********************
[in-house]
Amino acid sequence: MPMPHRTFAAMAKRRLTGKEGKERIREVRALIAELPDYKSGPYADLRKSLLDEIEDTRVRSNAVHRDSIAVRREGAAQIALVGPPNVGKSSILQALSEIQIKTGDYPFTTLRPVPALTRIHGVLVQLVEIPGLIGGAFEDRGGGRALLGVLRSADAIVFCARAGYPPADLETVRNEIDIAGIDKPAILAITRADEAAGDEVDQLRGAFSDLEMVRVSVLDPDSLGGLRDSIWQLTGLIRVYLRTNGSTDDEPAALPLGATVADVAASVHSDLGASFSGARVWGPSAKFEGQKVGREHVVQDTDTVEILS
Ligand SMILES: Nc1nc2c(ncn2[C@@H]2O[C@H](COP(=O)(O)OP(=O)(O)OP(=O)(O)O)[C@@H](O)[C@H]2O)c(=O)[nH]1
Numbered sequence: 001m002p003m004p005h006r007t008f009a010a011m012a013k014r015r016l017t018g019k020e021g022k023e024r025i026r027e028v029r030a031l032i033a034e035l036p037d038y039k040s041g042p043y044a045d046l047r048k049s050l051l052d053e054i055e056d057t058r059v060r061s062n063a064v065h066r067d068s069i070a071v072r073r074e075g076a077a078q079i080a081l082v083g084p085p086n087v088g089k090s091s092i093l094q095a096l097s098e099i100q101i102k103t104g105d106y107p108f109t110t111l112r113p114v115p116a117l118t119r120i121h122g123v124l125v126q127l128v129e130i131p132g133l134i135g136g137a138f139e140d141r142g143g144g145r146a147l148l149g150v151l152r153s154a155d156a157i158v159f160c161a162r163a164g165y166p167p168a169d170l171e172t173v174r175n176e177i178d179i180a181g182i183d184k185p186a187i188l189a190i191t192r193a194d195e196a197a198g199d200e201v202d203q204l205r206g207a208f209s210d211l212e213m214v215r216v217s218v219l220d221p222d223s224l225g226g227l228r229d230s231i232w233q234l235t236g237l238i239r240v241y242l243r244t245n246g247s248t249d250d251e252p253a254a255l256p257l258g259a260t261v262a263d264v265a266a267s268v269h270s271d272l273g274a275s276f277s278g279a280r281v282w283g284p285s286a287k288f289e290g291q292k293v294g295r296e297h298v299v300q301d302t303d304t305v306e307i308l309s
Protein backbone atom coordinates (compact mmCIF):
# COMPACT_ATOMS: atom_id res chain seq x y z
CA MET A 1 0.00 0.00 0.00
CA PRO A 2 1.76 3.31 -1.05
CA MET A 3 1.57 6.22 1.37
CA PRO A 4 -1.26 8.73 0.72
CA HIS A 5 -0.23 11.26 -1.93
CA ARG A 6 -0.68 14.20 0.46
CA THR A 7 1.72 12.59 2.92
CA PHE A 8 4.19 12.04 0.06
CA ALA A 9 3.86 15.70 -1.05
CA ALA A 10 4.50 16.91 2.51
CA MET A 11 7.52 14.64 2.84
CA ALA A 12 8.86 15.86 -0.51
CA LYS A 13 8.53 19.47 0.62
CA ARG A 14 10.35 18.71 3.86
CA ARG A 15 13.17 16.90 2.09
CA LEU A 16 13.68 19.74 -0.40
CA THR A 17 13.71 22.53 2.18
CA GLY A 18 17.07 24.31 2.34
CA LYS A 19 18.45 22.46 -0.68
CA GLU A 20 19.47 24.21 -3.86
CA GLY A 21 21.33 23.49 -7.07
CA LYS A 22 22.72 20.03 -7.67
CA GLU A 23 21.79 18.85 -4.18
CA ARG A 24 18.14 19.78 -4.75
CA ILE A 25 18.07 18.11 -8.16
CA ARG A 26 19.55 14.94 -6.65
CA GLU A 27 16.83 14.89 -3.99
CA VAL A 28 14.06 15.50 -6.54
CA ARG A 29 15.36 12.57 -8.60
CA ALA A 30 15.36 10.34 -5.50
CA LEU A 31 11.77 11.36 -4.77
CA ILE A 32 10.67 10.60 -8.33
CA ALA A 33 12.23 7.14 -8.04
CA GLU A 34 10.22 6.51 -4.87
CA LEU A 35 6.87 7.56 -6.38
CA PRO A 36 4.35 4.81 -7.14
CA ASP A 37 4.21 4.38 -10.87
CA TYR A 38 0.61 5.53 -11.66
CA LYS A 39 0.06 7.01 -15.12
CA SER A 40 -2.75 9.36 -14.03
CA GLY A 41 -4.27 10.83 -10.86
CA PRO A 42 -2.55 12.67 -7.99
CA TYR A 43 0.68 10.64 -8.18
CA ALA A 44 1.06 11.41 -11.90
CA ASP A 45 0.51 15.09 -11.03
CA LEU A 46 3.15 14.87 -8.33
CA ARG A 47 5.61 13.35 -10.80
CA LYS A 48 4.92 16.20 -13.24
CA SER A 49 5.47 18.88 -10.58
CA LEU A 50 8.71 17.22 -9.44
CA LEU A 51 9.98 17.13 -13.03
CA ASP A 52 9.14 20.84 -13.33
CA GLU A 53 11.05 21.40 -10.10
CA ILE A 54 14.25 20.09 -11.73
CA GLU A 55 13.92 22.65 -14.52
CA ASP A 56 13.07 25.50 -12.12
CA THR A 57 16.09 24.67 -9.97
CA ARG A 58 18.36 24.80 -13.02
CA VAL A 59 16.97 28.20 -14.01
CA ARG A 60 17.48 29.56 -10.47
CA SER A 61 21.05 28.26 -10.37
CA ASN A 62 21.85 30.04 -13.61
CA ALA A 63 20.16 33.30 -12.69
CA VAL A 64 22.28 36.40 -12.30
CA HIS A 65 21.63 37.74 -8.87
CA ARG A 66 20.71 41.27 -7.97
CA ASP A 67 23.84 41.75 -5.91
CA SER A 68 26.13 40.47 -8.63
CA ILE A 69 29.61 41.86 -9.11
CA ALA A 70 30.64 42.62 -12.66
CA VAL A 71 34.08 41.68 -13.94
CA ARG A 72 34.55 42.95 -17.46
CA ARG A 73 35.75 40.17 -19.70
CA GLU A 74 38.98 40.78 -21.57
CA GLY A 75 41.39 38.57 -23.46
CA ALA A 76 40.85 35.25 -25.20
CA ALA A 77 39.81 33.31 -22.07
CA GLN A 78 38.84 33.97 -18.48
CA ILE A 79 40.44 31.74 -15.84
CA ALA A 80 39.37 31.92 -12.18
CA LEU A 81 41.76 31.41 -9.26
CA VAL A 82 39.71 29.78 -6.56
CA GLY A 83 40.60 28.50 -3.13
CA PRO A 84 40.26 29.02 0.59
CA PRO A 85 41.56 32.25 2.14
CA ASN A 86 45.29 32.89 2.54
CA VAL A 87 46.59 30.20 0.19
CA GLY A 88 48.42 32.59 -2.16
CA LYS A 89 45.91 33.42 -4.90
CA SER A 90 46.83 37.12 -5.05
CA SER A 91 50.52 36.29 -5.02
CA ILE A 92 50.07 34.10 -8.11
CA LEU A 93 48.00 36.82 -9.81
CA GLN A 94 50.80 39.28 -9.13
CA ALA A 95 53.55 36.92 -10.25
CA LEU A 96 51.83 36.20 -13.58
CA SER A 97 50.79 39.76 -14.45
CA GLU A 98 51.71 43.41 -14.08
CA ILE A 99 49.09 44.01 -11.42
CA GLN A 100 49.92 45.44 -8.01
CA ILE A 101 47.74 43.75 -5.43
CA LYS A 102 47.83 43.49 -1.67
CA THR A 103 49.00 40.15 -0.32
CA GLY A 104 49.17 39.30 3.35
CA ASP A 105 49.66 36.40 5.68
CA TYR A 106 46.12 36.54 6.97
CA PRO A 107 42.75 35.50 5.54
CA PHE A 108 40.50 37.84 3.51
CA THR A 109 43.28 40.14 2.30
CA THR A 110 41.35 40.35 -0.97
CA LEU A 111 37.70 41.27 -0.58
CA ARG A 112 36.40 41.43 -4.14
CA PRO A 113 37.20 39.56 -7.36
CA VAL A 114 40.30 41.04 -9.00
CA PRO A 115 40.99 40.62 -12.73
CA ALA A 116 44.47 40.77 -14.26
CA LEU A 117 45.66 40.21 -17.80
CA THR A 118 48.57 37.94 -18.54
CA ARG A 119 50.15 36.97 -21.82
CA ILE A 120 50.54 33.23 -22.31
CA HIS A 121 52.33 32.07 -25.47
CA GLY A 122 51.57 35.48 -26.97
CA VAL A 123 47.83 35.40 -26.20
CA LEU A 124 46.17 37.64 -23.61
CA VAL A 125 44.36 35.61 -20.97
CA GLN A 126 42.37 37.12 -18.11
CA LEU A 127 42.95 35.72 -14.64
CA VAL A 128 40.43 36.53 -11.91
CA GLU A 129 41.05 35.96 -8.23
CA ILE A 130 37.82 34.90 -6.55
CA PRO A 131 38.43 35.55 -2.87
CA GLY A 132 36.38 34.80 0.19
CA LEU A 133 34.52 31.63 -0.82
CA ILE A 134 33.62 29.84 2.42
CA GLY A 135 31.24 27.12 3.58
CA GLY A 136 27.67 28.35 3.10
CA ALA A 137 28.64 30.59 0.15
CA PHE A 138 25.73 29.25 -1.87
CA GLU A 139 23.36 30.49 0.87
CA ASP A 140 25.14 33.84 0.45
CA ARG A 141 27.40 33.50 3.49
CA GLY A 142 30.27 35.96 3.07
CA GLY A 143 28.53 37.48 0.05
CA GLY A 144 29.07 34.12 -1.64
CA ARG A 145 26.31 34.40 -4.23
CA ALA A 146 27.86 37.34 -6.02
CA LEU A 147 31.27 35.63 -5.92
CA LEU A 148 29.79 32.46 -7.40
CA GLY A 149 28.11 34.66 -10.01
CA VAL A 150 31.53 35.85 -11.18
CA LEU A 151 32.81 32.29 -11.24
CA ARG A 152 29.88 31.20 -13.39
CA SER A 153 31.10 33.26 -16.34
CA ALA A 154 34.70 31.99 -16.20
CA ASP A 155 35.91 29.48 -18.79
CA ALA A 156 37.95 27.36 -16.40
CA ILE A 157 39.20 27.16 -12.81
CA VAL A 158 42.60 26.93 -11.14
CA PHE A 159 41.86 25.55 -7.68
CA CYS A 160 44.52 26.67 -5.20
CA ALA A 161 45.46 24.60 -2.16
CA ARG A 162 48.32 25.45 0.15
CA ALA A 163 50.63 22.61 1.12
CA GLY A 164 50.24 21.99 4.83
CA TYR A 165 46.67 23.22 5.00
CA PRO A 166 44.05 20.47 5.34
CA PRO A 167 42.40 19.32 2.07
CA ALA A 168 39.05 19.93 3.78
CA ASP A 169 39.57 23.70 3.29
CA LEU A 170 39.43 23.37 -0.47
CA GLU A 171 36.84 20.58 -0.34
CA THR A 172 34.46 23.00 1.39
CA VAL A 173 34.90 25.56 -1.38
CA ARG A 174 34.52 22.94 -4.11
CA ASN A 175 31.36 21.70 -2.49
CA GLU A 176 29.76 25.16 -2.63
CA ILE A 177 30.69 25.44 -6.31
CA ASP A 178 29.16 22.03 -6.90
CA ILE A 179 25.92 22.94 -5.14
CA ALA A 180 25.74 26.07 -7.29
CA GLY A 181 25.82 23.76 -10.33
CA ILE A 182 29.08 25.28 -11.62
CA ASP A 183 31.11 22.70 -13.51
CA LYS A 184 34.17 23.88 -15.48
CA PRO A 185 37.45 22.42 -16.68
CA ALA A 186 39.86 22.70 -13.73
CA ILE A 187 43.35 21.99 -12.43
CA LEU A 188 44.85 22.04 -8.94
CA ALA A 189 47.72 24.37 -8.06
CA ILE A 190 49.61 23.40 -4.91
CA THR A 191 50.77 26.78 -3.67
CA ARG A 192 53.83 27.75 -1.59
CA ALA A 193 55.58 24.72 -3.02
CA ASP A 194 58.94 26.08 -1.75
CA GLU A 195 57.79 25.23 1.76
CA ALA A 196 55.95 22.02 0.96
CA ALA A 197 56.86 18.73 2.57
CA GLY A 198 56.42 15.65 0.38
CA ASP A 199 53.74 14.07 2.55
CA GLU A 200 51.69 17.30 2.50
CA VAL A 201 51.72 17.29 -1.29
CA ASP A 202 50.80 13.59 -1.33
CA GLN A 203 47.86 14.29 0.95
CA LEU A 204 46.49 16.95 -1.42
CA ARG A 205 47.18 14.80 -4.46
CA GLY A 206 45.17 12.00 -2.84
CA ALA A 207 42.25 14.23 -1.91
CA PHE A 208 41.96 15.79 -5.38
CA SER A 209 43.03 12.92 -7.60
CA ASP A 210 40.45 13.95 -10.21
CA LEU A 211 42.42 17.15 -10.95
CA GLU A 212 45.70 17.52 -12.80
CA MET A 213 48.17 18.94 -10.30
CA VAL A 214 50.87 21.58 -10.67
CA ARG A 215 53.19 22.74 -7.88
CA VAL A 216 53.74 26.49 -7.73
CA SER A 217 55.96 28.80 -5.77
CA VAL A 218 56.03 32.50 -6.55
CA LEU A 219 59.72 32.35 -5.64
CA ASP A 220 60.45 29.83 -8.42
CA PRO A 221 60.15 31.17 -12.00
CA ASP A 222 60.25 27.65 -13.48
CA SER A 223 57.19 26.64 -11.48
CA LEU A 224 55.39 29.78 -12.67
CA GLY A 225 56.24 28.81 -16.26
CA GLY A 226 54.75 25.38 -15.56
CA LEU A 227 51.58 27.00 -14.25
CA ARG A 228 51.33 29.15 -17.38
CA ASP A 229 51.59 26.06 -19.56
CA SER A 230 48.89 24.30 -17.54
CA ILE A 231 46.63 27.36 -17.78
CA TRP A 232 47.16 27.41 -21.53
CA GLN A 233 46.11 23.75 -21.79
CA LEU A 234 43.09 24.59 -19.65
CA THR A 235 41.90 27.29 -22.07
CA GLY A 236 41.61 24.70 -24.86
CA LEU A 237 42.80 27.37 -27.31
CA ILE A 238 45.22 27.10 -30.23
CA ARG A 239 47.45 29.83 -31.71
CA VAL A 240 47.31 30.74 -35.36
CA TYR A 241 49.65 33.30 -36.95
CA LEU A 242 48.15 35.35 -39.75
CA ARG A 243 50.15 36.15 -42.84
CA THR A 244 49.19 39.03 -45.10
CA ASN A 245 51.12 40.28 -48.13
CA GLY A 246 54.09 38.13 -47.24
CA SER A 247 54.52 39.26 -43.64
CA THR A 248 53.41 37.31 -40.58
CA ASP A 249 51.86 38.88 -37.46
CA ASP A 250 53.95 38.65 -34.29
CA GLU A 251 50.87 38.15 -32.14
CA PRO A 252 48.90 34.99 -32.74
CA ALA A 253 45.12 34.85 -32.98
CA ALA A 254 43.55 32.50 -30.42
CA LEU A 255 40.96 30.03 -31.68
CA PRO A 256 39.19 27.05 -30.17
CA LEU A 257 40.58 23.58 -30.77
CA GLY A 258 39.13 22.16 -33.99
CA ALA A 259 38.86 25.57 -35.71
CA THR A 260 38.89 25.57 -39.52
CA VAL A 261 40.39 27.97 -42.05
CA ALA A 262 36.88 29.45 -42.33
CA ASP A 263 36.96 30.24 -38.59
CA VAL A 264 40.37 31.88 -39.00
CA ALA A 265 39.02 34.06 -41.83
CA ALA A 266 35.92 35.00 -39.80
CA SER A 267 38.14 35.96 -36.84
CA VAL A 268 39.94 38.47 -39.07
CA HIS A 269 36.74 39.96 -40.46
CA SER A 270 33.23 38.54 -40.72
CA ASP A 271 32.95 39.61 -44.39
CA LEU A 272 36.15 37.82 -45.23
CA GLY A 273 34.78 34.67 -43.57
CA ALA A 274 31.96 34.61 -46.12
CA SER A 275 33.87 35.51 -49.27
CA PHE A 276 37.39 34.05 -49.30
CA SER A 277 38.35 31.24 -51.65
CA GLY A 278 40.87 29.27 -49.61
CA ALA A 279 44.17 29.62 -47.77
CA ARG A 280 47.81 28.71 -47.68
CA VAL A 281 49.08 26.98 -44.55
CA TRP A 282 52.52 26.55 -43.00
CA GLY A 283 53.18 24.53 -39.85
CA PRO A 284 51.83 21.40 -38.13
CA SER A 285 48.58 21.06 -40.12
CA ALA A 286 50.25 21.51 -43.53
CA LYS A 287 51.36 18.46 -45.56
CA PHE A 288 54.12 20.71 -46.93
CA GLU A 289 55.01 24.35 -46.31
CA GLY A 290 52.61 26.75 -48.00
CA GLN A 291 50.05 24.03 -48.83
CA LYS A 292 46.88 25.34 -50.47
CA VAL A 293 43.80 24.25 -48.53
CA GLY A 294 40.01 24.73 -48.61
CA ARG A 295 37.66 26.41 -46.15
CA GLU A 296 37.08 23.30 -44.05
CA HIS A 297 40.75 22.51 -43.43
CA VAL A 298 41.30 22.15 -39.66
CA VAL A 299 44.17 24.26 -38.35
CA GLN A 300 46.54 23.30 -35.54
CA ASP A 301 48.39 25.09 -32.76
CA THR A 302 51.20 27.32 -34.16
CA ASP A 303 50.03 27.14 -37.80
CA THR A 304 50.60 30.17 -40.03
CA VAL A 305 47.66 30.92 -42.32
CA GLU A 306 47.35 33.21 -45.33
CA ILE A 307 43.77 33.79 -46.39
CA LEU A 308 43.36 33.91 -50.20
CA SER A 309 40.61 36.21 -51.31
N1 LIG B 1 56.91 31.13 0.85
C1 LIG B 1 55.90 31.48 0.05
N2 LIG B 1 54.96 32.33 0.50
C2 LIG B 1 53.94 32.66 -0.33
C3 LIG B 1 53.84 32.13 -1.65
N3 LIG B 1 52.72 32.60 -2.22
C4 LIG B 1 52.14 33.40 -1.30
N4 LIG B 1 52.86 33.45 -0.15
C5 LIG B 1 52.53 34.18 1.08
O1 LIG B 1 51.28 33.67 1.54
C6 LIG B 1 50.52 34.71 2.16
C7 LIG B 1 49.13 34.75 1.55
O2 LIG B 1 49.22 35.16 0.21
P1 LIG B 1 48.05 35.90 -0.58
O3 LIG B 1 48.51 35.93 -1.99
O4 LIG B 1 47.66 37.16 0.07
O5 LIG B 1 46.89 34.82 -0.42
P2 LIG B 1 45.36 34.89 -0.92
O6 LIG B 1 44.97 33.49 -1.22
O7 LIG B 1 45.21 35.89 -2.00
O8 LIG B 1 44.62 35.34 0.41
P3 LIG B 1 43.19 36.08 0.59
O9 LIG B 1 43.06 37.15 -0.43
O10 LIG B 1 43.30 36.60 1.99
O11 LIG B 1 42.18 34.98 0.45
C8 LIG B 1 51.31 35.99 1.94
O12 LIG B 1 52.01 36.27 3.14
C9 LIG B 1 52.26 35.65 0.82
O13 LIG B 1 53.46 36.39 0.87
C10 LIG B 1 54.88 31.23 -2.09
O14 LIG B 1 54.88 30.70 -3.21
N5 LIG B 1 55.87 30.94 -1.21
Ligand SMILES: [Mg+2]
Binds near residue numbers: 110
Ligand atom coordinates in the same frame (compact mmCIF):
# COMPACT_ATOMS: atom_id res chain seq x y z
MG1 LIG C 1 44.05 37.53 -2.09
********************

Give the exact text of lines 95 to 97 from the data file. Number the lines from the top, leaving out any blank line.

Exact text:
CA LYS A 89 45.91 33.42 -4.90
CA SER A 90 46.83 37.12 -5.05
CA SER A 91 50.52 36.29 -5.02